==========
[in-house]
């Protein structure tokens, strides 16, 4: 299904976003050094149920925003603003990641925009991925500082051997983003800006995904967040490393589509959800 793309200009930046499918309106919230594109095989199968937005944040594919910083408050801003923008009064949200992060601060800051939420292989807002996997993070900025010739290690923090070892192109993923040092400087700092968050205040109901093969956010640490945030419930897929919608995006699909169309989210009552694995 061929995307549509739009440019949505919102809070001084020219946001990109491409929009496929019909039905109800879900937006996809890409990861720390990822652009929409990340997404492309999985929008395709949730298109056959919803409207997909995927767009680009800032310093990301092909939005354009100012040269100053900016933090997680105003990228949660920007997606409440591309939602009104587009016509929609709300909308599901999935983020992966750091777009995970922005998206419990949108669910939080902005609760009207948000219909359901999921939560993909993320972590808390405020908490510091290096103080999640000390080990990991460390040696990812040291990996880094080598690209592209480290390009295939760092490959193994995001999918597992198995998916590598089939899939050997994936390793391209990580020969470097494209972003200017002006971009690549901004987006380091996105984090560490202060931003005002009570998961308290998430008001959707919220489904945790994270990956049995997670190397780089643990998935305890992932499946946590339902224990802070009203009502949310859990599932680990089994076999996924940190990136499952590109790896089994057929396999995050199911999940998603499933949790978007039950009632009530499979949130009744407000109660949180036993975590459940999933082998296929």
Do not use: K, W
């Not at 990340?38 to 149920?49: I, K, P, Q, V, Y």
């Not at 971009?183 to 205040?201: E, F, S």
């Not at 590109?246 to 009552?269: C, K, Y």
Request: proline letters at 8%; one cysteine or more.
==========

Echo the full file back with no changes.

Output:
[in-house]
């Protein structure tokens, strides 16, 4: 299904976003050094149920925003603003990641925009991925500082051997983003800006995904967040490393589509959800 793309200009930046499918309106919230594109095989199968937005944040594919910083408050801003923008009064949200992060601060800051939420292989807002996997993070900025010739290690923090070892192109993923040092400087700092968050205040109901093969956010640490945030419930897929919608995006699909169309989210009552694995 061929995307549509739009440019949505919102809070001084020219946001990109491409929009496929019909039905109800879900937006996809890409990861720390990822652009929409990340997404492309999985929008395709949730298109056959919803409207997909995927767009680009800032310093990301092909939005354009100012040269100053900016933090997680105003990228949660920007997606409440591309939602009104587009016509929609709300909308599901999935983020992966750091777009995970922005998206419990949108669910939080902005609760009207948000219909359901999921939560993909993320972590808390405020908490510091290096103080999640000390080990990991460390040696990812040291990996880094080598690209592209480290390009295939760092490959193994995001999918597992198995998916590598089939899939050997994936390793391209990580020969470097494209972003200017002006971009690549901004987006380091996105984090560490202060931003005002009570998961308290998430008001959707919220489904945790994270990956049995997670190397780089643990998935305890992932499946946590339902224990802070009203009502949310859990599932680990089994076999996924940190990136499952590109790896089994057929396999995050199911999940998603499933949790978007039950009632009530499979949130009744407000109660949180036993975590459940999933082998296929």
Do not use: K, W
């Not at 990340?38 to 149920?49: I, K, P, Q, V, Y």
């Not at 971009?183 to 205040?201: E, F, S």
């Not at 590109?246 to 009552?269: C, K, Y």
Request: proline letters at 8%; one cysteine or more.